Despite having one of the top five warmest winters in history, storage inventories were drawn down by 1,996 Bcf by March 31, 2016, only 91 Bcf less than the five year average winter storage withdrawal. In addition, storage inventories withdrew at levels comparable to five year averages. These past circumstances may lead one to believe that electric generation and LNG continue to drive inventory reductions despite warm weather conditions. Is supply outpacing demand?
On the flip side, there is also the case to be made for supply level outpacing demand. Current production levels have set numerous records over the past several months. Daily production in the U.S. has been over 74 Bcf per day for much of the last two months, compared with daily production levels of approximately 50 Bcf per day as recently as 2008.
However, the infrastructure linking new found shale supply to consuming regions does not yet exist. While many interstate pipeline expansions have come online over the past several years, many more have been delayed due to the current regulatory environment. One such expansion project, Nexus, has finally received approval from the Federal Energy Regulatory Commission (FERC), however permission to begin construction remains pending. Nexus is also currently only 50% subscribed, leaving some market analysts questioning the necessity of the expansion.
Other expansions, notably Mountain Valley Pipeline, Penn East Pipeline, and Columbia Pipeline Group’s WB Express and Mountaineer Xpress projects have not yet received FERC approvals. Many of these expansions were expected to be in service by the end of 2017. With FERC’s delay in approval, these projects will ultimately be years behind original schedule.
Another example for supplies continuing to outpace demand relates to the continued development of LNG export terminals in the U.S. A debate as to how much additional LNG capacity will actually get developed within the U.S. continues. Approximately two to three Bcf per day of natural gas demand comes from LNG. Several Mid-Atlantic and Gulf Coast LNG projects are under construction and expected to come online in the next few years. Beyond these, numerous other terminals representing the next wave of development are pending regulatory approval. The principal question facing this next wave of LNG infrastructure is whether these projects can produce enough volume in order to justify the significant investment required. The energy market’s volatility can create significant headwinds for capital projects requiring financial commitments over a twenty-year time frame, and LNG terminals are not exempt from this market reality. Keep yourself informed.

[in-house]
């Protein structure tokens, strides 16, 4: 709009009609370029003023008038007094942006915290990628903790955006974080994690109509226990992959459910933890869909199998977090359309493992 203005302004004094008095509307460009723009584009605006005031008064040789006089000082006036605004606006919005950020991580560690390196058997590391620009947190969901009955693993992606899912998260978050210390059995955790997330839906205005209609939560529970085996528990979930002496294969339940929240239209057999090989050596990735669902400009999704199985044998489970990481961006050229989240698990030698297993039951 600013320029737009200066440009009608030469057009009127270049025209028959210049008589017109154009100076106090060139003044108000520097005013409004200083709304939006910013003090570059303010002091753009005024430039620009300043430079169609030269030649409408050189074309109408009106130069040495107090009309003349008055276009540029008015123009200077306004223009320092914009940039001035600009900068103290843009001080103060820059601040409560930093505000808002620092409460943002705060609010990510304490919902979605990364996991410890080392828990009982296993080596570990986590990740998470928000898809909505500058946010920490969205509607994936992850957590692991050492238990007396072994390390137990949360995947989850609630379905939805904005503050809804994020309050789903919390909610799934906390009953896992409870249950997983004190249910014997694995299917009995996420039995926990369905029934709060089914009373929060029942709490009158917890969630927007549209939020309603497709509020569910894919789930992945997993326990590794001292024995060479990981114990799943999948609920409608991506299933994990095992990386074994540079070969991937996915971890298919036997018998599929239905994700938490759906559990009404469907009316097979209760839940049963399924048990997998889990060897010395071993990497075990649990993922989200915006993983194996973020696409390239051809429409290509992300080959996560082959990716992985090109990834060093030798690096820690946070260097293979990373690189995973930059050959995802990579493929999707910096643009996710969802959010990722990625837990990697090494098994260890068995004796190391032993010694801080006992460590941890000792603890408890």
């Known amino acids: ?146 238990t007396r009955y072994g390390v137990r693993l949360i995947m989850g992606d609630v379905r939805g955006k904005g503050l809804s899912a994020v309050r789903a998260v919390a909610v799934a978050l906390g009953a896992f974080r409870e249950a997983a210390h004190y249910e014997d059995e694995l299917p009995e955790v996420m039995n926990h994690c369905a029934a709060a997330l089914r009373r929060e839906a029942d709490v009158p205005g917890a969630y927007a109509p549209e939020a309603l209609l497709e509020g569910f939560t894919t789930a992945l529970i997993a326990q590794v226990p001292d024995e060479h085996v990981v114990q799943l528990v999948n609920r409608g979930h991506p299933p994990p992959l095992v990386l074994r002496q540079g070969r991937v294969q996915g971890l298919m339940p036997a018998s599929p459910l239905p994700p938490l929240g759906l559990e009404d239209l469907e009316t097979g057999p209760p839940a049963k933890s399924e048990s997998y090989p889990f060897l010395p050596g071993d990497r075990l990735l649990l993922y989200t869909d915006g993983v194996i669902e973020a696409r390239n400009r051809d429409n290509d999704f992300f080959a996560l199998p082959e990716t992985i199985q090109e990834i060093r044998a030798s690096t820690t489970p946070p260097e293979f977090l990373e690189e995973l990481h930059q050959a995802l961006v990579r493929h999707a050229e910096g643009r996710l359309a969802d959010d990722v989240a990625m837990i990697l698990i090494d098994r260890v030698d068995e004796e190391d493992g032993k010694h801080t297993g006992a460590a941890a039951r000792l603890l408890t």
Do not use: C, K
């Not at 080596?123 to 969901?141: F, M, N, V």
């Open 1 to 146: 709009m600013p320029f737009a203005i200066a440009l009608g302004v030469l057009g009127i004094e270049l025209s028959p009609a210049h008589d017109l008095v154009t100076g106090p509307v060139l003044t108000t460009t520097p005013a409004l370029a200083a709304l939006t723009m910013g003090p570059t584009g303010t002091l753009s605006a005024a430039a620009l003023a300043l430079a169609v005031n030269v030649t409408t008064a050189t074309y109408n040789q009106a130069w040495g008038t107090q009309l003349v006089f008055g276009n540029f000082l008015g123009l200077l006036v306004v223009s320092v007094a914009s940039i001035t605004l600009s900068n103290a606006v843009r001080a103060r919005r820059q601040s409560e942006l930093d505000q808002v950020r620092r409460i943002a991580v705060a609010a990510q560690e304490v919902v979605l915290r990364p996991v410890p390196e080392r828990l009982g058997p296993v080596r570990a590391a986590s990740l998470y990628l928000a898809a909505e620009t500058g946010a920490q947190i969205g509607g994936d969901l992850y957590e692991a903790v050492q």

While the debate continues as to which is the true market driver, abundant supplies or increasing demand, it is important for consumers to continue to have a strategy when it comes to managing energy costs. One thing that is certain with the ever increasing reliance on natural gas as an input for electric generation, fluctuations in natural gas prices will have an increasing impact on electric prices. Over the next two years, it is expected that another 27 GW of new baseload generation will be fueled by natural gas. This continuation as the fuel of choice for generation will serve to further increase the correlation between natural gas and electric prices. Therefore it will be imperative for energy users to be aware of market fundamentals affecting the supply demand balance of the natural gas industry.
Talk with your trusted AEP Energy advisor to keep up-to-date with natural gas price signals affecting energy prices. You may also want to ask AEP Energy advisor to send you AEP Energy’s weekly Energy Market Report, which provides a look at current and historical AEP – Dayton Hub energy prices versus NYMEX natural gas prices, plus much more energy insight.